By Doron Krakow
Belmonte: Tragedy or Triumph
This past Sunday my family returned from a vacation in Portugal. With a son and daughter-in-law in Israel and the rest of us in the New York area, a midpoint seemed like a good idea. Portugal is a country of some 10 million people at the westernmost tip of continental Europe—with a long Atlantic coastline. At one time the center of a global empire with colonies across both hemispheres, Portugal today is a modest member of the European Union, a liberal democracy that threw off the yoke of dictatorship in the 1970s. An ally of Great Britain in the Great War, it sat out World War II, maintaining its neutrality as its fascist-leaning head of state maintained ties with both the Allies and the Axis.
Lisbon, the capital city, was a haven for fleeing heads of state and members of royal families driven out of countries overrun by Germany and its allies. It was a hive of intelligence operatives of every description, and following the fall of France in June 1940, the city was home to the headquarters of the American Jewish Joint Distribution Committee (JDC or The Joint), which played a critical part in the rescue of Jews from all over Europe throughout the Nazi onslaught.
At the start of World War II, Portugal had few Jews, having driven them from the country more than four centuries earlier, when, in 1536, it adopted an inquisition modeled on that of Spain, its neighbor to the east. Many of the Jews in Portugal at that time converted to Christianity rather than face exile or death. Some among the converted became crypto-Jews, continuing, secretly, to maintain their devotion to Jewish tradition and practice. Once discovered, crypto-Jews were subject to severe and often horrific penalties and held accountable for the ills of the world. A pogrom in response to a prolonged drought saw thousands of suspected crypto-Jews slaughtered.
Like other places in Europe, Portugal’s Jewish story is a dark one, but there are a few points of light. One, in particular, is the story of the Jews of Belmonte, an agricultural village of about 6,000 people in the interior of the country, a three-hour drive from Lisbon. There, a community of 45 people (approximately 25 family units) live Orthodox Jewish lives. A relatively new and charming synagogue sits on a hillside on the village’s southern edge, and not far from a castle once occupied by the village nobleman and his family is a Jewish museum that tells the unique tale of Jewish Belmonte.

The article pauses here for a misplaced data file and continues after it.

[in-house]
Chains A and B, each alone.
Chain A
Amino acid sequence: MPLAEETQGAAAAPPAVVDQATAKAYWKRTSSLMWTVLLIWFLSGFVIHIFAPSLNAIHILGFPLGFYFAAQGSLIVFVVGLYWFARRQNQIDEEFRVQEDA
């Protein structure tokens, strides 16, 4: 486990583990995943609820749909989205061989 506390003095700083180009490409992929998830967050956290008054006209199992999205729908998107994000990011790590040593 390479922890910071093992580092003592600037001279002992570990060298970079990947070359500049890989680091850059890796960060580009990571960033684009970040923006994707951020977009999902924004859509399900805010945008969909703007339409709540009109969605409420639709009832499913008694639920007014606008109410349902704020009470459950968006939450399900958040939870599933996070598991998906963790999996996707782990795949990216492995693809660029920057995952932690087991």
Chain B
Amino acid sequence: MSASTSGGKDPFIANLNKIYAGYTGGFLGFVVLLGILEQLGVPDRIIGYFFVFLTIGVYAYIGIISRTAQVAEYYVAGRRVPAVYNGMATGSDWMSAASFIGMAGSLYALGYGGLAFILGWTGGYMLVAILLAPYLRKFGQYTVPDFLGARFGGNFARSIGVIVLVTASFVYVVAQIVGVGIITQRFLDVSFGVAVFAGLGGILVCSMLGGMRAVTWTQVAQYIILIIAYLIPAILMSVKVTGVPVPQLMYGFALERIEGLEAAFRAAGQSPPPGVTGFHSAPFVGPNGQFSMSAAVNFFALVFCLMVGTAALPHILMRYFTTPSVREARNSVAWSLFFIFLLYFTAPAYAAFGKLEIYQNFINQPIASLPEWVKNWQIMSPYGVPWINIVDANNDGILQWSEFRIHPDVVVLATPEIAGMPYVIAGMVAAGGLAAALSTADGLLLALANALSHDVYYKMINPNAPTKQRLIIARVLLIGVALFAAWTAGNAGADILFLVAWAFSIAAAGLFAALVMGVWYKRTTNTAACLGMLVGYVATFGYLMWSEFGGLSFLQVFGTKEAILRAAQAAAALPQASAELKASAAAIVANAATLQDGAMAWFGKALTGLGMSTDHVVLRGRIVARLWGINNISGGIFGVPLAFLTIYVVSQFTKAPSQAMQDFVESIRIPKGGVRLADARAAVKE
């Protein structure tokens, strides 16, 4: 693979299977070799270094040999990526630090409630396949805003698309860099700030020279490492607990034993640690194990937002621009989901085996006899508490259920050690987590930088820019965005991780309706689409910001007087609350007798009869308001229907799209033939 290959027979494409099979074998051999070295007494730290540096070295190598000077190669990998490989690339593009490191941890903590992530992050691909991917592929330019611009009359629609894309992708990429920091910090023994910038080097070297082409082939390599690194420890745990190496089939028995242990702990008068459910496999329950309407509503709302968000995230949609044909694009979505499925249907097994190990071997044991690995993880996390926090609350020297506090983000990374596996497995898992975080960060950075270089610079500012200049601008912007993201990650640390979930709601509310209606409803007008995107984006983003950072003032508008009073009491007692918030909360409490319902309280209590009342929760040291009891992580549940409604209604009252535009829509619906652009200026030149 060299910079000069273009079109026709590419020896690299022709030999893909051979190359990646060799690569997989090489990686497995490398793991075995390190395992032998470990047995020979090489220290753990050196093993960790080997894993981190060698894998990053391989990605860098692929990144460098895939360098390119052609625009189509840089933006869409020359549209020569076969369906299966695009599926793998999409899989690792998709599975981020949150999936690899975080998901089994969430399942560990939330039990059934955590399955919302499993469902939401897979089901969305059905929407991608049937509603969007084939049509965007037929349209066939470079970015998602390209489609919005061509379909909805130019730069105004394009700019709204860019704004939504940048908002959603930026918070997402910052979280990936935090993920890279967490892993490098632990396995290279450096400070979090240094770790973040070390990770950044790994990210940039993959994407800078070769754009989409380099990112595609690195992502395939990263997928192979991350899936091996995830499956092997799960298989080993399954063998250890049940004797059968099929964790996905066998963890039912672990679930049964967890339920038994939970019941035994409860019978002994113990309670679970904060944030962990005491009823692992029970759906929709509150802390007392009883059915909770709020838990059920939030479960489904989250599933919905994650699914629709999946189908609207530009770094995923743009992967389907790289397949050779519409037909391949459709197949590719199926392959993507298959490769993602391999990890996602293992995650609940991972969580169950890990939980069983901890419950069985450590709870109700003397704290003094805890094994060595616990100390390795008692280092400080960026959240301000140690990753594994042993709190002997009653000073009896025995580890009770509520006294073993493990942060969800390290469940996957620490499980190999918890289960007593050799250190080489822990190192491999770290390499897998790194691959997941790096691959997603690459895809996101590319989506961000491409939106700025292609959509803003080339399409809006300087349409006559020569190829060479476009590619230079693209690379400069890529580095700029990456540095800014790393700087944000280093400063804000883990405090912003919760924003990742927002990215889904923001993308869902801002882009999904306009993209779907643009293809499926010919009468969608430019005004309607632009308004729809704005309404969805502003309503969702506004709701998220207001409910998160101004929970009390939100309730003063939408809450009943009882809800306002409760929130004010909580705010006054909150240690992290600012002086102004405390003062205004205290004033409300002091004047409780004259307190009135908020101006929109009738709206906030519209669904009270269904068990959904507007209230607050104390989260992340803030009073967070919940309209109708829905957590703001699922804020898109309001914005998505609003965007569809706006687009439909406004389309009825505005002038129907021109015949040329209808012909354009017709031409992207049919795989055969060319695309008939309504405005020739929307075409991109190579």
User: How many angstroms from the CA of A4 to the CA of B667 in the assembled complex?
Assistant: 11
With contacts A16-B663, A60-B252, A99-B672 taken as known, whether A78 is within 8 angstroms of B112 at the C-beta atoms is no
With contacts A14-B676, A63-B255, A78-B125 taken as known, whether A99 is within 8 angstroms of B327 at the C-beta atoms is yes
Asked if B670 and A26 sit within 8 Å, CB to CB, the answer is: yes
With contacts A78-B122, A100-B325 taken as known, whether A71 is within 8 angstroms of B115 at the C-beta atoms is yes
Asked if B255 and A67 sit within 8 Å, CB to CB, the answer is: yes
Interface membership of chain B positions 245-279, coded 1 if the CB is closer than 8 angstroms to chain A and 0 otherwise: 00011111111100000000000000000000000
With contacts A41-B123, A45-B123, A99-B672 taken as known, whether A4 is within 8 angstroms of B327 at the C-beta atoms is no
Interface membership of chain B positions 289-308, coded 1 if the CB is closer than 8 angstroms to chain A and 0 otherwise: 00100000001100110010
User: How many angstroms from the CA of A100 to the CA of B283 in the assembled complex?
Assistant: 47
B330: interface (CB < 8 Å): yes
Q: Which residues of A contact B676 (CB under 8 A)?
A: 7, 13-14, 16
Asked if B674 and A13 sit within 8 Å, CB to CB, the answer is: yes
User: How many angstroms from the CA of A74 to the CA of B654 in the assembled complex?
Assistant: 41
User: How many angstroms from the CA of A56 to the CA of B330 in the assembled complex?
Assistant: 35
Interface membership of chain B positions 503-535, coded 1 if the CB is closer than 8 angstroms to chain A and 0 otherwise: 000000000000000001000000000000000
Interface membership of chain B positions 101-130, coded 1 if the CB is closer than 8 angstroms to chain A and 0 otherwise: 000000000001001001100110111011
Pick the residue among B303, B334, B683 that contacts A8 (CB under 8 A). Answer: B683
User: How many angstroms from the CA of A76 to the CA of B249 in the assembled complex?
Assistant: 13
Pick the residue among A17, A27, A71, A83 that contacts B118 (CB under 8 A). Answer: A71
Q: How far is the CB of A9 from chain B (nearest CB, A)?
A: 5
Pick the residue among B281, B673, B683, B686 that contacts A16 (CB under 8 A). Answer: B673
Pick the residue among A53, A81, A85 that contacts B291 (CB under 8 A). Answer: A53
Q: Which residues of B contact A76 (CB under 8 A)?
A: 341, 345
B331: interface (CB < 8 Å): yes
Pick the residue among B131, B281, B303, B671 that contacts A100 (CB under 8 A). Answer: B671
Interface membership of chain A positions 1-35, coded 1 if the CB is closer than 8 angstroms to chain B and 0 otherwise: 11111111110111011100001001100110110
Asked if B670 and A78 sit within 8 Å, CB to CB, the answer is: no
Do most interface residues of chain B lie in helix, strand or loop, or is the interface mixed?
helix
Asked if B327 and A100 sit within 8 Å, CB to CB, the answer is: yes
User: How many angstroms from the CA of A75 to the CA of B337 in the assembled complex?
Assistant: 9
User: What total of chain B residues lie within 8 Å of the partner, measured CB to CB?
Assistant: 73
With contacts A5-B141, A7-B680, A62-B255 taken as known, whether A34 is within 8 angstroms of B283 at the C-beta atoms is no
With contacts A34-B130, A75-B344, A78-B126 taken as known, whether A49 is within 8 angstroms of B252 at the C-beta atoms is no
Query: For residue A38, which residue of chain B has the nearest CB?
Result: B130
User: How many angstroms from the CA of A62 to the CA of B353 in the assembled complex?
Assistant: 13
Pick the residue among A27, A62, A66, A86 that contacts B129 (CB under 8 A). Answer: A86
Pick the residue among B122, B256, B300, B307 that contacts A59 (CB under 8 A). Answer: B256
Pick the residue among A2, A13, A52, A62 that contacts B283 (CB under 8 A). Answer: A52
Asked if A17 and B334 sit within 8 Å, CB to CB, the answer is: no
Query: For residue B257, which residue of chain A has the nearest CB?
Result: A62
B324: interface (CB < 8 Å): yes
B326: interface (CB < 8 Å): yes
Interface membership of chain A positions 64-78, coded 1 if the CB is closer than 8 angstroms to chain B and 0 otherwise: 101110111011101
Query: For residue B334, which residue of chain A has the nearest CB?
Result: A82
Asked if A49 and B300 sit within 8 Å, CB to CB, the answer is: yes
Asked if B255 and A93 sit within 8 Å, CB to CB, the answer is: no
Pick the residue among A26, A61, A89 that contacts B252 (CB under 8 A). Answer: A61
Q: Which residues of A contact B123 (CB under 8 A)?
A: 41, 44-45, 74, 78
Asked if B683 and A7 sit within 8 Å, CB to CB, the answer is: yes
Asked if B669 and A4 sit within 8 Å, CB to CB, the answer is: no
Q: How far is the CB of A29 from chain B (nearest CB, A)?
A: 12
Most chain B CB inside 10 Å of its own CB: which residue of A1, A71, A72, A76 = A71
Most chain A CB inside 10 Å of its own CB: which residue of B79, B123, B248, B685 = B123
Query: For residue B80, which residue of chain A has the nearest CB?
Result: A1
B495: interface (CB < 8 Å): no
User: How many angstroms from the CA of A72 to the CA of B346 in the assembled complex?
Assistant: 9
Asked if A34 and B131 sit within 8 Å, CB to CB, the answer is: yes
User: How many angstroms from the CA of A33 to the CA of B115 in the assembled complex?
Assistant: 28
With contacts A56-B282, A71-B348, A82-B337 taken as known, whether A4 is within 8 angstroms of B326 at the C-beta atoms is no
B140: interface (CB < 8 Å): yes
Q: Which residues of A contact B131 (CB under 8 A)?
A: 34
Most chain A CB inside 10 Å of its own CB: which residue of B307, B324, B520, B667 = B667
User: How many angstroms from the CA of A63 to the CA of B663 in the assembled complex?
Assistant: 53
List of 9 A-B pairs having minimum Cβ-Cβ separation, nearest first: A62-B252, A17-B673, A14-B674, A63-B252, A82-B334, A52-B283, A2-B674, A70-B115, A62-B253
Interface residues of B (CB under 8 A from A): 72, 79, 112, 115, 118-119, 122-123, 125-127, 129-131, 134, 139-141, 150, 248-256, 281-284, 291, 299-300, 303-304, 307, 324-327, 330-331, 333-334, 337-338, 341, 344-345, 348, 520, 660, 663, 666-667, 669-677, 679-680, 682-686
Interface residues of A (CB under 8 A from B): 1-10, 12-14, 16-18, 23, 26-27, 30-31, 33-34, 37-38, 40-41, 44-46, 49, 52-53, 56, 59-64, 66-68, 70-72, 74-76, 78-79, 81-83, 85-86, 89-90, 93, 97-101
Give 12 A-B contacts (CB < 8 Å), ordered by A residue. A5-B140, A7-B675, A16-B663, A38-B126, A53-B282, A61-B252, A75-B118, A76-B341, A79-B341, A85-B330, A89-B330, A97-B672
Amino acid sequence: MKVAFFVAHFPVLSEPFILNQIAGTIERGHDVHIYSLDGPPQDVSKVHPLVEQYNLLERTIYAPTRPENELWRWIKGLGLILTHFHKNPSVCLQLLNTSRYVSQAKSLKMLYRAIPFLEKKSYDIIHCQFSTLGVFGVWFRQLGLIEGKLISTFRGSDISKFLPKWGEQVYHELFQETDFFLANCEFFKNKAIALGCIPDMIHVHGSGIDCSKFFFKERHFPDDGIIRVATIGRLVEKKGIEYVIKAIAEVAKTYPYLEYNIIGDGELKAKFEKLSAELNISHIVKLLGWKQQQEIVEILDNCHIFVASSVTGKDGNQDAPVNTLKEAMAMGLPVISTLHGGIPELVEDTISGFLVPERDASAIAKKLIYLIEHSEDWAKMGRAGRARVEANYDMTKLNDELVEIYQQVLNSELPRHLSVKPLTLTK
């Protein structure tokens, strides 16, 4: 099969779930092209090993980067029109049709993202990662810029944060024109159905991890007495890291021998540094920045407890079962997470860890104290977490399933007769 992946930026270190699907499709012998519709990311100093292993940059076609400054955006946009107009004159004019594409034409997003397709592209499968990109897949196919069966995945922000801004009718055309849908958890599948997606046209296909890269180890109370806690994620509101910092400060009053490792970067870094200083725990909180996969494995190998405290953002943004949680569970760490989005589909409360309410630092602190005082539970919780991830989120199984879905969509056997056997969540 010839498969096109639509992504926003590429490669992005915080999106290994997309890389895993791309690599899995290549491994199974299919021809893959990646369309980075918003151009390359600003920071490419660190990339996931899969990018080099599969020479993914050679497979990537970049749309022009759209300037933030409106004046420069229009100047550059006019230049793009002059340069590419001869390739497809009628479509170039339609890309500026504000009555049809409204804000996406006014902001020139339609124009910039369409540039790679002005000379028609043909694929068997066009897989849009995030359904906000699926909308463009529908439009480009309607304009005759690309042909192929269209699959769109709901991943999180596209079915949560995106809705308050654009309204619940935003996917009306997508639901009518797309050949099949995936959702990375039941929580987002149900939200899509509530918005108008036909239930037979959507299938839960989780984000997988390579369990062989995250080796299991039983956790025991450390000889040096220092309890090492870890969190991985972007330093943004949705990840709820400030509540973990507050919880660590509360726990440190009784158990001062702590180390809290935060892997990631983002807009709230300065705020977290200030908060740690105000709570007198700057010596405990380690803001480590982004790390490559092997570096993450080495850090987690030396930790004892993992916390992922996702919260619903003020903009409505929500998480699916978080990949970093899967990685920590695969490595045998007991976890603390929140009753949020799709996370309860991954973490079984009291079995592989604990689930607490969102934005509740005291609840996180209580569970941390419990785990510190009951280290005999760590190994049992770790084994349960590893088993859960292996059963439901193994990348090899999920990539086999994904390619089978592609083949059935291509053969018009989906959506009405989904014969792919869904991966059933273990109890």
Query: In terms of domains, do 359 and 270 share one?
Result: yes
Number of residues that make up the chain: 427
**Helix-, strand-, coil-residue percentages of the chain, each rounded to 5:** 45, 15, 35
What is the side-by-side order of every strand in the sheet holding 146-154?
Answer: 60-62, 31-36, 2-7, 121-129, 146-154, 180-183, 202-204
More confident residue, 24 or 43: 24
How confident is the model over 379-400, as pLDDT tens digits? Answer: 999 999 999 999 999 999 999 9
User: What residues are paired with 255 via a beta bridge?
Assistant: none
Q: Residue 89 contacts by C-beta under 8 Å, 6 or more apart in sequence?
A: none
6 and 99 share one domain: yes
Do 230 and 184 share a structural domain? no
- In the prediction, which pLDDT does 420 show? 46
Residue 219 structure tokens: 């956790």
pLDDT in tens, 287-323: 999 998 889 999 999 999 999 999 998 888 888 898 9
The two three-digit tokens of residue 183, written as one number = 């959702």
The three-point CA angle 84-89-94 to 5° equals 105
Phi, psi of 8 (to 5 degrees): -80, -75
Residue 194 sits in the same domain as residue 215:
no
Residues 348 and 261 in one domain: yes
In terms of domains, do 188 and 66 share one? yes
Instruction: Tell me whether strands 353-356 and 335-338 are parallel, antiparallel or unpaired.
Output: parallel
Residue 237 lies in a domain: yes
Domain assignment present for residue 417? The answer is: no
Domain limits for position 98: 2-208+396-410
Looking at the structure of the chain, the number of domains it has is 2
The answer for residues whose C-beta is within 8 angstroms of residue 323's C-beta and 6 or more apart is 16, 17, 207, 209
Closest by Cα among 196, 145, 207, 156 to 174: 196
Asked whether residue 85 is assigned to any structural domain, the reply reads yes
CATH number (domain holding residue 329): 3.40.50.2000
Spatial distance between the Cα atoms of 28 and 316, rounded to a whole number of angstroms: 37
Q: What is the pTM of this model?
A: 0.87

It is the story of crypto-Jews who went underground at the time of the inquisition. Though known to some of their neighbors, they were tolerated as long as they practiced in total secrecy and bore themselves as Christians in public. Candles lit to mark the arrival of Shabbat were then hidden behind closed cabinet doors. Overt Christian acts and practices shrouded Jewish holiday celebrations, and weddings took place only within the small, secretive community. The crypto-Jews lived like this for nearly 500 years, believing they could be the only Jews left. When a traveler from a far-off Jewish community stumbled upon them, he uttered the words of the Sh’ma to convince them that he, too, was Jewish and they were not alone.
In the 1980s, these crypto-Jews—about 120 individuals in all—emerged from hiding. Largely in-bred, many suffered from a host of genetic disorders, and their long-hidden practices, differed from those that over the centuries, had continued to evolve across the Jewish world. In the years since, the Jews of Belmonte who chose to remain have renewed their commitment to traditional practices and an Orthodox lifestyle. The majority, however, particularly the young people, have left and gone to Israel.
On a wall of the museum’s galleries, the names of Belmonte’s Jews (as of 2017) are arrayed in two lists—one displays those living in the community and the other, those who left. Together, the names form a comprehensive census of a singular Jewish community, including a close-knit group of families who risked everything to stay true to who they were, where they came from, and their steadfast commitment to one another—no matter the cost.
It has been nearly two weeks since we were in Belmonte, and I haven’t stopped thinking about these remarkable people. Sadly, there appears to be no future for them, as it’s mostly older members of the community who remain, and there is little expectation that Jews from elsewhere are likely to join them. In time, Belmonte may become yet another stop on a tour of places Jews once lived. The prospect of one more “end” for Jews strikes me as tragic.
But there’s another side to this story.
Their heroic determination to remain who they were made it possible for a tiny remnant of a once great Jewish community to survive, in secret, for half a millennium. Today, a majority have rejoined the Jewish people as citizens of the modern State of Israel, adding their unique history and DNA to the melting pot of Israeli society. How can we see their experiences and their story as anything but a triumph?
It is hard not to think about how luxurious our own lives are by comparison. Across North America we enjoy freedom to be who we wish to be and can access every conceivable resource to make choices—for ourselves and our communities about the kind of Jewish lives we want to live. No real risk. No concern that options will disappear. It’s Jewish life—however we wish to live it. But we are no less responsible for the Jewish future than the Jews of Belmonte. With an eye on the generations to come, what will our choices be?
President and CEO
JCC Association of North America